Trek Culture Book Review
The hardest and most rewarding thing about Deep Space 9 is that it is not episodic in nature. The stories often do not bear their full weight without being experienced in series and, like that, Avatar bears no weight without the entirety of the television run behind it. In other words, if you haven’t watched Deep Space 9 all the way to the end, this isn’t the book you’re looking for.
The thing I love most about Star Trek is the stories it inspires in my mind. Each episode is the doorway into new story possibilities in the Star Trek universe, so I am exploring the stories that Star Trek has inspired in other people’s minds looking for deeper explorations of themes and characters.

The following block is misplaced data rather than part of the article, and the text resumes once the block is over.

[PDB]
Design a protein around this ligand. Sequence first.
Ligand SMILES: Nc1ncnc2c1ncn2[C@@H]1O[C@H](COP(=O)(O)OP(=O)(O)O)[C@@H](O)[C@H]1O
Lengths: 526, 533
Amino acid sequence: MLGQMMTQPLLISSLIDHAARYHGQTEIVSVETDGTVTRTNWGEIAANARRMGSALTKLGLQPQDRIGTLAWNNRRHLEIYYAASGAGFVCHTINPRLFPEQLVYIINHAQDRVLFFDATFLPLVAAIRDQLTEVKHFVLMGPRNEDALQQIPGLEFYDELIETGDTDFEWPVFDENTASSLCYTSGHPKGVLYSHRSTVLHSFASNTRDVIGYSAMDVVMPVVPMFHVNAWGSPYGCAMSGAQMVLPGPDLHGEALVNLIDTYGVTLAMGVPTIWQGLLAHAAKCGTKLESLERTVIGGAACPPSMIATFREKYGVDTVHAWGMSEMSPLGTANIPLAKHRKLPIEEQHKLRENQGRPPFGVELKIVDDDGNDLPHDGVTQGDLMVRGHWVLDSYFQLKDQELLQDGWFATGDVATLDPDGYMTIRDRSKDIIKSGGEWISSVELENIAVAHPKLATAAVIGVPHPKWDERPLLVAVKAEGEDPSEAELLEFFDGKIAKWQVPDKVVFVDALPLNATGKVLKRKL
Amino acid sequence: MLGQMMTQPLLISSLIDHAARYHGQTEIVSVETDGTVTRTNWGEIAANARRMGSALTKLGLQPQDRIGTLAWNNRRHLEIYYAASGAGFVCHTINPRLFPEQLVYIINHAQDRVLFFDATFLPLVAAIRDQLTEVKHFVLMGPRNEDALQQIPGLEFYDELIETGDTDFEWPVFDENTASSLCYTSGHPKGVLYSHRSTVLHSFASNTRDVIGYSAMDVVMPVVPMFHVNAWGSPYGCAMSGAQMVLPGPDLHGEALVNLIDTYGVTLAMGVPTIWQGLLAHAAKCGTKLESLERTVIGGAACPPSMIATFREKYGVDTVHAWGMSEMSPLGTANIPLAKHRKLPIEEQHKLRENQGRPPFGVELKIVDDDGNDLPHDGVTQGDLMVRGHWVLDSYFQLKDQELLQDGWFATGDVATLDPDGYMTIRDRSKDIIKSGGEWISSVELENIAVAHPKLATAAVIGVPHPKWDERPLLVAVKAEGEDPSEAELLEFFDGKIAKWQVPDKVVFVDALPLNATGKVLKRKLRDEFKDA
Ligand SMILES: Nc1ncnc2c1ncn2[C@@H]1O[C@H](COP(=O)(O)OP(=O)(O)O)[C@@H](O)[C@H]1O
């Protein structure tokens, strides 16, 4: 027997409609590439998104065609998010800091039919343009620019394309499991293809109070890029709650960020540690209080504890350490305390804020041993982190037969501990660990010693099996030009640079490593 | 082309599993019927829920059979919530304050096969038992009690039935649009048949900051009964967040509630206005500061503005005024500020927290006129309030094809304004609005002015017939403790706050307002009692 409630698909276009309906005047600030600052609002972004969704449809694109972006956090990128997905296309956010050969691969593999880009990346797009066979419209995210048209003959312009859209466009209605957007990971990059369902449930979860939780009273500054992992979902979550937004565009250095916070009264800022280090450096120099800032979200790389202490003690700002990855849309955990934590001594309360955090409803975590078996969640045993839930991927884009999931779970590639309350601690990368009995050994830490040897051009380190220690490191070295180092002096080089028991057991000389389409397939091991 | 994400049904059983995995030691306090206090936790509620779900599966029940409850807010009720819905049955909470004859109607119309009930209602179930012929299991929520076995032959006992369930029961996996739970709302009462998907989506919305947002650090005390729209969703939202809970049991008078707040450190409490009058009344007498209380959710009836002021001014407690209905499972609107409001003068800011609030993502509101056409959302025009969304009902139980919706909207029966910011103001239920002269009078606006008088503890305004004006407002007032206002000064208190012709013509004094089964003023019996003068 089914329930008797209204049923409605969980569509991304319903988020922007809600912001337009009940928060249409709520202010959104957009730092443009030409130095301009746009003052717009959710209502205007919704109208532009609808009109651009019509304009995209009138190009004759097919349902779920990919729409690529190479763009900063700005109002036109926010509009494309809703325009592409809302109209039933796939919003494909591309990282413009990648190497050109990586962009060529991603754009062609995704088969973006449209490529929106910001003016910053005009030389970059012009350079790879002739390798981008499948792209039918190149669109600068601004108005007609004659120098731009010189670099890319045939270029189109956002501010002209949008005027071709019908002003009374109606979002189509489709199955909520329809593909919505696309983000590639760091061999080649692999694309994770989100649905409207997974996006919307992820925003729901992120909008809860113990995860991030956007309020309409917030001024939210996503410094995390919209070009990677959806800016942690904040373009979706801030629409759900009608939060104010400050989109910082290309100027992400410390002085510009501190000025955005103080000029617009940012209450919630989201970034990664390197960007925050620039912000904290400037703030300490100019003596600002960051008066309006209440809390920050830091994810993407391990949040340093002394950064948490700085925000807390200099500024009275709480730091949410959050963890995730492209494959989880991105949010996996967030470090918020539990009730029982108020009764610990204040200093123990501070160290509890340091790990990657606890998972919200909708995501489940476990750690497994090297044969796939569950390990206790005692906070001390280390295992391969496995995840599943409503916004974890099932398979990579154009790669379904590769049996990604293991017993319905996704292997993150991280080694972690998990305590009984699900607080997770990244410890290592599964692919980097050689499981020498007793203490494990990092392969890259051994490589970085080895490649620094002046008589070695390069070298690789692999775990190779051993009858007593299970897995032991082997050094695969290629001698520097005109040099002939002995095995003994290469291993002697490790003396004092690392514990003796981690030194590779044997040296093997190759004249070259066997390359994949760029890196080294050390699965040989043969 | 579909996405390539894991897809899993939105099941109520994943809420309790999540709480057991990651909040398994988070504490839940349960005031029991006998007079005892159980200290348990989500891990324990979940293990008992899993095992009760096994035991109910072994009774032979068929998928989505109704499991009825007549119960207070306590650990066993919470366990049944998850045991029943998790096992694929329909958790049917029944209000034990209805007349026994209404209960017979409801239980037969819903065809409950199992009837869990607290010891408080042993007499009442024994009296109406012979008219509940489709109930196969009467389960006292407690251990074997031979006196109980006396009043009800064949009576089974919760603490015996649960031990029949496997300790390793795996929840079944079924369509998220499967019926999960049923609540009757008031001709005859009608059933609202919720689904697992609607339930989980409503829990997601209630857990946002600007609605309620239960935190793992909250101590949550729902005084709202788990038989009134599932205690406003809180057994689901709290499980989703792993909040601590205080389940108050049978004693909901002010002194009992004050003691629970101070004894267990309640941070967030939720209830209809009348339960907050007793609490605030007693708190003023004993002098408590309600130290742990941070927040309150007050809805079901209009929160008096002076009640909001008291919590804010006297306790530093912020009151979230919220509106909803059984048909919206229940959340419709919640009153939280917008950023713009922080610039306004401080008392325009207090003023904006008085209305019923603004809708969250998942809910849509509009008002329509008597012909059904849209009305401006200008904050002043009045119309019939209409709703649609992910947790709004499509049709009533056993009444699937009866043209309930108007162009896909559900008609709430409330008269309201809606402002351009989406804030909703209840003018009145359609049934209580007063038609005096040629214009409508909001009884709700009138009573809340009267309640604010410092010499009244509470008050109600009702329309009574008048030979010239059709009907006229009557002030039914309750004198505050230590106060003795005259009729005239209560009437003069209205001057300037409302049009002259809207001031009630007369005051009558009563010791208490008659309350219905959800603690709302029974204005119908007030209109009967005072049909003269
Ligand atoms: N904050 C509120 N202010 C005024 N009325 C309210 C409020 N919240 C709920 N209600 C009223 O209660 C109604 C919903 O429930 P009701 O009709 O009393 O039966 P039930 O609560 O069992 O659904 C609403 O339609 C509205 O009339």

I chose Q-In-Law as my 2nd “mission" because it featured two of my favorite comedic characters, Lwaxana Troi and Q. The hilarity that my mind conjured for such an encounter convinced me that this book had to be the TNG book that I read first.
How I picked this book
It started with the title. I don’t think anyone who has watched The Original Series can forget the moment in “Charlie X" when Uhura is singing in the rec room while accompanied by Spock on the Vulcan lyrette. Her voice and songs are a reminder of beauty in an environment built for functionality and protocol. Combined with the promise of cat-people1 I knew that this was the novel for me.